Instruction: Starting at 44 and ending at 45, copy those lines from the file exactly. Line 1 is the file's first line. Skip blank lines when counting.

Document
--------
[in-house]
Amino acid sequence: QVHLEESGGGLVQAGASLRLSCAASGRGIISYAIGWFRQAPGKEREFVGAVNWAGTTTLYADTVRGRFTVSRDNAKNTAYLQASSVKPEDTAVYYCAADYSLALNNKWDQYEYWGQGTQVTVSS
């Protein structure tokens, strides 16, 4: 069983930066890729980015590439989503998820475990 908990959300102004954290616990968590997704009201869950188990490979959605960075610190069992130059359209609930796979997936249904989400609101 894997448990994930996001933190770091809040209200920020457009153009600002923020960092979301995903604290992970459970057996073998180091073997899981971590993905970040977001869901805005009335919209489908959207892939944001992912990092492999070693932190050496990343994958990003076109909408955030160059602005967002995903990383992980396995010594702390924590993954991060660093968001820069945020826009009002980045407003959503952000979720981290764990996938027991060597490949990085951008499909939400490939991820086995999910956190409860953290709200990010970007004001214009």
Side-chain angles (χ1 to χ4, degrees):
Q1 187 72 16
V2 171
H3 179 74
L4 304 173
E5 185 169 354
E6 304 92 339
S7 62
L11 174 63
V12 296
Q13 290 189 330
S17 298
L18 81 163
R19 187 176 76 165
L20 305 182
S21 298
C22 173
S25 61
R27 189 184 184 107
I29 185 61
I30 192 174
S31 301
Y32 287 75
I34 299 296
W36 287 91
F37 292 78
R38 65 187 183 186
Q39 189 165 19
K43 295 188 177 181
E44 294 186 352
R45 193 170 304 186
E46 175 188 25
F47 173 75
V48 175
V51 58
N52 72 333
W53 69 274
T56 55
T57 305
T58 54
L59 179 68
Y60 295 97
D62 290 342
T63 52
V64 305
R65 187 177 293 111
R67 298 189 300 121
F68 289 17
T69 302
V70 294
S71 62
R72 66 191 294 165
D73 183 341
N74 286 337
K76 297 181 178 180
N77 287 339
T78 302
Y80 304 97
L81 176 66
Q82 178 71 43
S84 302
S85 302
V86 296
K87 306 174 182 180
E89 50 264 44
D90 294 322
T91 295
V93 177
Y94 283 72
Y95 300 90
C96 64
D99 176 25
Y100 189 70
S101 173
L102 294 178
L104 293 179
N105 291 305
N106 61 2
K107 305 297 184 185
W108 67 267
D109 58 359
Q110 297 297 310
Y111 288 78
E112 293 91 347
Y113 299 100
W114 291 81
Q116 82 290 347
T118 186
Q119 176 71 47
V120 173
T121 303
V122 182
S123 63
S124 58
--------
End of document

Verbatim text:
L59 179 68
Y60 295 97